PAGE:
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Vardzia Cave City

Southern Georgia

Cultural Treasure

One of the true hidden treasures of Georgia lies in the south of the country near the town of Aspindza – the underground fortress and monastery complex of Vardzia. Carved precariously from a sheer rock face, hundreds of interconnected rooms emerge and descend into the rock, creating an ancient labyrinth. The complex began construction in the 12th century under the rule of Queen Tamar, and proved valuable as a safe haven from attacks by the Mongols. The result was an astonishing 13-tier complex of over 600 cave rooms. Many of the rooms contained detailed frescoes and paintings, still seen today.

However, a century later in 1283 an entirely different enemy in the form of an earthquake left most of the city uninhabitable – although some persisted living there until the 16th century. Today, Vardzia is a symbol of the golden period of Georgian history, especially that of Queen Tamar who helped propel a cultural renaissance of the nation. Wandering the stone rooms and imagining life those many years ago is a haunting reminder of the extremes mankind has taken to survive.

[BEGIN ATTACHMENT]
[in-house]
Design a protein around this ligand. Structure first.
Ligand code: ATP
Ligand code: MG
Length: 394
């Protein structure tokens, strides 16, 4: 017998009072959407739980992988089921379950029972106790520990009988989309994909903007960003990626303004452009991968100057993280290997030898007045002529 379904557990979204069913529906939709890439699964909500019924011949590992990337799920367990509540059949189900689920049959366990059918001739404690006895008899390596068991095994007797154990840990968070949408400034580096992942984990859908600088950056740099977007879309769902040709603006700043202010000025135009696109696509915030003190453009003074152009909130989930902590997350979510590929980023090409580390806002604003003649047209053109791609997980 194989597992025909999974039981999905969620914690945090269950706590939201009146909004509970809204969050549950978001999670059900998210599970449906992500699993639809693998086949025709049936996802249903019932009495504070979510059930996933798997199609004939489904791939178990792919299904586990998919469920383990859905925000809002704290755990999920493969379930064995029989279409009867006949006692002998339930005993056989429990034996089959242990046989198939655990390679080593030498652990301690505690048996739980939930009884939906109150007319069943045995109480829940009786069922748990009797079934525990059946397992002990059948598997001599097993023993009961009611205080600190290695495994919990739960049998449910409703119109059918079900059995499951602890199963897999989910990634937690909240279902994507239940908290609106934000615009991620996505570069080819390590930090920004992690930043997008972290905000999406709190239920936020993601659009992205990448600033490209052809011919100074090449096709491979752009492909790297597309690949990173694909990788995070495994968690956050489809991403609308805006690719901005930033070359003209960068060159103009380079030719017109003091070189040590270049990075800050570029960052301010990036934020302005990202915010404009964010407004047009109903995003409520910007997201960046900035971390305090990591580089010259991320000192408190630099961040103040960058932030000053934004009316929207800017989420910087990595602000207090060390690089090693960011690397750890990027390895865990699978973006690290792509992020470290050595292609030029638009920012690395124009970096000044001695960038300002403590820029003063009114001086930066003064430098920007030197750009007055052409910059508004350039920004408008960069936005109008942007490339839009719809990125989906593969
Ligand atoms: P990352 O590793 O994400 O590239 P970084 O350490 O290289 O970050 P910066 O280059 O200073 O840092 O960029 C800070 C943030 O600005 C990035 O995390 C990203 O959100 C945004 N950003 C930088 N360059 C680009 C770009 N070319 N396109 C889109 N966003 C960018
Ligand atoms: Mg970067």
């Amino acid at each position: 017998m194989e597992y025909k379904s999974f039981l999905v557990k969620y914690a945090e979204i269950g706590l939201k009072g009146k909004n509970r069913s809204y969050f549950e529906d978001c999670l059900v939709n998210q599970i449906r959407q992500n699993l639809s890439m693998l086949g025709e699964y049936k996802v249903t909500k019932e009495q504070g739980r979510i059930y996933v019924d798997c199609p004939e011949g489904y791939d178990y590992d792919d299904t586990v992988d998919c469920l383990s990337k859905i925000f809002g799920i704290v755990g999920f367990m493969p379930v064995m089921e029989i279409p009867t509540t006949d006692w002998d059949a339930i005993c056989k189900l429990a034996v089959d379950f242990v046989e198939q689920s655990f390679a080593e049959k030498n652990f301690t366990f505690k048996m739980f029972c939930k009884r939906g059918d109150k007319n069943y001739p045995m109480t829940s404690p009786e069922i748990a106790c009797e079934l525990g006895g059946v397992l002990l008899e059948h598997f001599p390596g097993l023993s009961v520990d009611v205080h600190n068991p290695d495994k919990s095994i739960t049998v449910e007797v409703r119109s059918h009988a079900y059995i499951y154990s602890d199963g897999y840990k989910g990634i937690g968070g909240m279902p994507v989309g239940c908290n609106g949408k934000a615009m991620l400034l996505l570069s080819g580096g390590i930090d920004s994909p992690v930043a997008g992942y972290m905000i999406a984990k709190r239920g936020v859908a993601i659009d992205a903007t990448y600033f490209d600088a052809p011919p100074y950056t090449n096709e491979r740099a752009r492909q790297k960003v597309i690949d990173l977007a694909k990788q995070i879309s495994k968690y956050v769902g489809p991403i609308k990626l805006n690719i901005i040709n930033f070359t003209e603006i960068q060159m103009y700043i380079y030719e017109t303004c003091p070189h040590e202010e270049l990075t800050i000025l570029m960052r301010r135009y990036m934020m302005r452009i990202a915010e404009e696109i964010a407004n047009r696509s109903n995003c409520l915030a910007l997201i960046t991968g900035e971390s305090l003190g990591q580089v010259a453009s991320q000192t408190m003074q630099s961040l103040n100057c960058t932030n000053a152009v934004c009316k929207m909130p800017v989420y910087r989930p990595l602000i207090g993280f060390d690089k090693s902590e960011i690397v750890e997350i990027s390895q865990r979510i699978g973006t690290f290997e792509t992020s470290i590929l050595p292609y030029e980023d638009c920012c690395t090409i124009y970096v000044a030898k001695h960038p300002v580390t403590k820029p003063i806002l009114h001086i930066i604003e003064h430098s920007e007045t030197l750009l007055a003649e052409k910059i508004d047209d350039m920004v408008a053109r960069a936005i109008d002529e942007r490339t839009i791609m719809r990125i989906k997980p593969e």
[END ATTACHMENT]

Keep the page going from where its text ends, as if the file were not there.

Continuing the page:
Use the interactive map to also discover nearby treasures.



In the south region of Georgia, near the town of Aspindza. Most people reach the site from Akhaltsikhe, the largest nearby town.


The caves were first carved in the 12th century A.D., and continued to grow over the next few hundred years until its abandonement in the 16th century.


First constructed as ordered by Queen Tamar and later used as protection  from attacks by the Mongols. The site continued to be used for hundreds of years as a monastery.


The caves of Vardzia are becoming one of the more popular, off-beat destinations in Georgia. An entrance fee of 15 GEL is collected.


Vardzia Cave City

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Cultural Treasure


Nearby Treasures:

     ➨  Khertvisi Fortress - 11 km away

Similar Treasures:

     ➨  Khndzoresk Cave City - Southern Armenia

     ➨  Derinkuyu Underground City - Cappadocia, Turkey

Travel to the Silk Road Outpost:

     ➨  Akhaltsikhe

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